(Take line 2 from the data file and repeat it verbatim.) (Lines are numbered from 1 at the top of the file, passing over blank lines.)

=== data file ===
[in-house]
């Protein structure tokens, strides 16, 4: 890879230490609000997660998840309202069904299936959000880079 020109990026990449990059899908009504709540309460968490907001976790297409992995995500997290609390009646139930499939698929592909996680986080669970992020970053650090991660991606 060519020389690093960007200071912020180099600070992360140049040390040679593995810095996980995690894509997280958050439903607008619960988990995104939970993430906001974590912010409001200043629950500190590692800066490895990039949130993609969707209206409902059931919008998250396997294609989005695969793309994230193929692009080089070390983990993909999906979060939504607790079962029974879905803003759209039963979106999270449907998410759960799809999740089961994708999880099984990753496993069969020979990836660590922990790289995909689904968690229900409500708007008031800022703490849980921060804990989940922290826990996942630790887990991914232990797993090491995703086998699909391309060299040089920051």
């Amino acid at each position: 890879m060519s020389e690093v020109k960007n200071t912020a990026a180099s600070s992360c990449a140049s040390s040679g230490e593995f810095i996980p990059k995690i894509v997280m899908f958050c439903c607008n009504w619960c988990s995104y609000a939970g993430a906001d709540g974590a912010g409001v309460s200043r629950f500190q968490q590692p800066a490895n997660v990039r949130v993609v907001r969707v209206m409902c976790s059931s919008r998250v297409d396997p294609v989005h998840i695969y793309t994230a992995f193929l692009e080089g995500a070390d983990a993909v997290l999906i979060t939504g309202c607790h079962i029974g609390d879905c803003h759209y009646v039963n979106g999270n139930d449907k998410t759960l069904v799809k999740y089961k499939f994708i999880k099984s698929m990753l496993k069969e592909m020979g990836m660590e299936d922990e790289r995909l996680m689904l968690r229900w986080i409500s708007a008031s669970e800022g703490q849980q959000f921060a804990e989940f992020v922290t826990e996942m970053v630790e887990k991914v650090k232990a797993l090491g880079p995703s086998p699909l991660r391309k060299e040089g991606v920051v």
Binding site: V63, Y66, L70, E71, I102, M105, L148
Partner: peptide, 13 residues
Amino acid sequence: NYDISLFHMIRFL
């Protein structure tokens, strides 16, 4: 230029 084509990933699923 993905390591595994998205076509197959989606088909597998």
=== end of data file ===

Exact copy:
């Protein structure tokens, strides 16, 4: 890879230490609000997660998840309202069904299936959000880079 020109990026990449990059899908009504709540309460968490907001976790297409992995995500997290609390009646139930499939698929592909996680986080669970992020970053650090991660991606 060519020389690093960007200071912020180099600070992360140049040390040679593995810095996980995690894509997280958050439903607008619960988990995104939970993430906001974590912010409001200043629950500190590692800066490895990039949130993609969707209206409902059931919008998250396997294609989005695969793309994230193929692009080089070390983990993909999906979060939504607790079962029974879905803003759209039963979106999270449907998410759960799809999740089961994708999880099984990753496993069969020979990836660590922990790289995909689904968690229900409500708007008031800022703490849980921060804990989940922290826990996942630790887990991914232990797993090491995703086998699909391309060299040089920051």